Starring: Christoph Waltz, Amy Adams, Danny Huston
Directed by: Tim Burton (“Ed Wood,” “Alice in Wonderland”)
Written by: Scott Alexander (“Ed Wood”) and Larry Karaszewski (“Ed Wood”)
A return to form effort from wayward director (and Johnny Depp enabler) Tim Burton might elicit more praise on the surface than it deserves when you really dig in strictly because of how long we’ve had to wait for something that wasn’t terrible. “Big Eyes” may, in fact, fit that description, but for now, bask in the refreshment a Burton movie with style and focus—and without gothic weirdness or Depp in a weird hat or even former flame Helena Bonham Carter—brings to the table.
As the film opens, Margaret (Amy Adams) flees an abusive husband and an “Edward Scissorhands”-esque treeless suburb with her daughter Jane (Delaney Raye at first, aging to Madeleine Arthur) in tow. Settling down in 1950s/1960s San Francisco, Margaret works on her artwork, using Jane as a model for a series of paintings featuring big-eyed children. After meeting and marrying fellow artist Walter Keane (Christoph Waltz), Walter begins taking credit for Margaret’s work on the “big eyes” paintings, using his innate showmanship to turn the artwork into a kitschy sensation. As tensions escalate between the sidelined Margaret and the increasingly disjointed Walter, Margaret begins to regret the trap she helped build for herself and her art, looking for a way to escape.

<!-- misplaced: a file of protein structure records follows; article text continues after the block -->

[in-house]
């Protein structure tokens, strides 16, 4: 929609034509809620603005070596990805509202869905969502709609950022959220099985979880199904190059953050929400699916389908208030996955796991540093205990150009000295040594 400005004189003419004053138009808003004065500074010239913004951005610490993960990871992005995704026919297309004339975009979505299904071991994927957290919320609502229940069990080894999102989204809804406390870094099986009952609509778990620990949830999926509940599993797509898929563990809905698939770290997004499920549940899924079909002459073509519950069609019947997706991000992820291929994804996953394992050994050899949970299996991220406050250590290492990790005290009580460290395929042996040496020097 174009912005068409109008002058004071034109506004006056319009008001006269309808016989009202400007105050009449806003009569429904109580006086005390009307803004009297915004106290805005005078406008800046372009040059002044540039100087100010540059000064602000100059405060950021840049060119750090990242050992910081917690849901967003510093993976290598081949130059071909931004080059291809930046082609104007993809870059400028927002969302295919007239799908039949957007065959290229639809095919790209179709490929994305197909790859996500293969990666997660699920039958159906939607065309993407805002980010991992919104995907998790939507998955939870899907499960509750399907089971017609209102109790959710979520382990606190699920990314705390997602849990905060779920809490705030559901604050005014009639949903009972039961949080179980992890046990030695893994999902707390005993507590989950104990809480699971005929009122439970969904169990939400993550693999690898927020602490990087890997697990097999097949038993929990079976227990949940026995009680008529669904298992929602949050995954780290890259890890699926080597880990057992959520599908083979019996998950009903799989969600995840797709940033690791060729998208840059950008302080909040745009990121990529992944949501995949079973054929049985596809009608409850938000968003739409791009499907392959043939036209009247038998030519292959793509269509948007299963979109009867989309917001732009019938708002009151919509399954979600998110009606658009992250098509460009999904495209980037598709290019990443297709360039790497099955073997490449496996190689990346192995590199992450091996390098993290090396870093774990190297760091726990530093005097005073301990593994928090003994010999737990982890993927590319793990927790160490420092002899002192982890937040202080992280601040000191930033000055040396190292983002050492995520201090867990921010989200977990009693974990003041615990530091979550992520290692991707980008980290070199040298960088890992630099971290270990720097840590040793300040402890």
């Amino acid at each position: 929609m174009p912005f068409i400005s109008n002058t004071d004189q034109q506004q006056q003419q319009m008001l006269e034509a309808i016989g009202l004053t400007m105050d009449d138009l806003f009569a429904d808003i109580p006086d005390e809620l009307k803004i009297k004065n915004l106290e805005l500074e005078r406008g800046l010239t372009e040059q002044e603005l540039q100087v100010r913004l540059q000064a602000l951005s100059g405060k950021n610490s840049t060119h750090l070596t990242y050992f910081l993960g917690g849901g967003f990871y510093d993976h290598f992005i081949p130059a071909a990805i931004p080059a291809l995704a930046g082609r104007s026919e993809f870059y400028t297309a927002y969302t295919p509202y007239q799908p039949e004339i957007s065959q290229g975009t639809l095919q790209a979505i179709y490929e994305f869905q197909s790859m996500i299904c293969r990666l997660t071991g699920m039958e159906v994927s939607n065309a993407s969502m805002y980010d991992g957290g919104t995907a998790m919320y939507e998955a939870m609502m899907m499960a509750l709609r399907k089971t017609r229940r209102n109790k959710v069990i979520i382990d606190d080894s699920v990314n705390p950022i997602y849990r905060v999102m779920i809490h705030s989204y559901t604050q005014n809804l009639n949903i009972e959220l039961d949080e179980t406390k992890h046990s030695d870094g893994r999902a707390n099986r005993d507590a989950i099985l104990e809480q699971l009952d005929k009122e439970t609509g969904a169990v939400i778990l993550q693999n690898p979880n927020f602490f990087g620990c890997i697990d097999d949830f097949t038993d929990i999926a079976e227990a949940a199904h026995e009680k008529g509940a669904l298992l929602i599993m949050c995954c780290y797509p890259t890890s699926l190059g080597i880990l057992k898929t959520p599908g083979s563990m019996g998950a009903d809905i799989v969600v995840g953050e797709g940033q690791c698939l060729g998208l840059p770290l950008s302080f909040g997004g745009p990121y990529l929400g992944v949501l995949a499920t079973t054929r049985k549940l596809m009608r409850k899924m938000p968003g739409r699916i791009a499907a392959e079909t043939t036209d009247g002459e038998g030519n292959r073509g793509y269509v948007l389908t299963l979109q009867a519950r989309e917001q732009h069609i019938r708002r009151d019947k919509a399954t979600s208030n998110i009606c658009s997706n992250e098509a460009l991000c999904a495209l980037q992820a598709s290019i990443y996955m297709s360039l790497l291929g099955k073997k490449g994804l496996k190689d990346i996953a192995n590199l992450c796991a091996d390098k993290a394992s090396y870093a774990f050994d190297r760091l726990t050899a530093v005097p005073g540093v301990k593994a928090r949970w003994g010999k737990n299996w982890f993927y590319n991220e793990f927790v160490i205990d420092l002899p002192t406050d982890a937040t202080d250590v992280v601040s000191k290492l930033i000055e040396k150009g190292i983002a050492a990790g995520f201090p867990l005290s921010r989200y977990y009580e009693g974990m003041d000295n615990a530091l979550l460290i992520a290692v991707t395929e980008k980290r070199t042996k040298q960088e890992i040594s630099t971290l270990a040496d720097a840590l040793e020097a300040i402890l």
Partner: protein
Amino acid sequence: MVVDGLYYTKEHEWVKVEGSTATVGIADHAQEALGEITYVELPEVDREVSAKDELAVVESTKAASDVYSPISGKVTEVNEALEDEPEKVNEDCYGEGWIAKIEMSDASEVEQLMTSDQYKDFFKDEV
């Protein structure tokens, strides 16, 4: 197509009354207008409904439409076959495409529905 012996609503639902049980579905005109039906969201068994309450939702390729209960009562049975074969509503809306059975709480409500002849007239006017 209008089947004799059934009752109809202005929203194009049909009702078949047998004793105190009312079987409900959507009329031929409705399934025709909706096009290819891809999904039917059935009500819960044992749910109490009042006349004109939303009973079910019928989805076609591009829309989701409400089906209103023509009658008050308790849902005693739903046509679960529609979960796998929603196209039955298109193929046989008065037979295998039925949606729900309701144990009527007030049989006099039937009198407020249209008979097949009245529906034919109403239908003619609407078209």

For better or worse, the film belongs to Christoph Waltz and his charming-turned-dangerous performance as Walter. He owns every scene he’s in, at times leaving Amy Adams—the story’s protagonist—in the dust in her own story. Waltz as Walter becomes such a commanding presence in the film, you can hardly blame Burton, doing his best work since “Ed Wood,” for turning the film over to this convincing weirdo. Perhaps it’s no surprise that Burton re-teamed on “Big Eyes” with “Ed Wood” screenwriters Scott Alexander and Larry Karaszewski for another tale of a strange fellow on the fringes of stardom, clawing his way into relevance no matter the cost. While “Big Eyes” doesn’t have the whimsical spirit of “Ed Wood’s” love-letter to a purveyor of crap, instead diving into the darkness that comes from Keane being cornered by the idea of the truth being revealed, the film rekindles enough of that spirit to make you look forward to Burton’s next project with an open mind.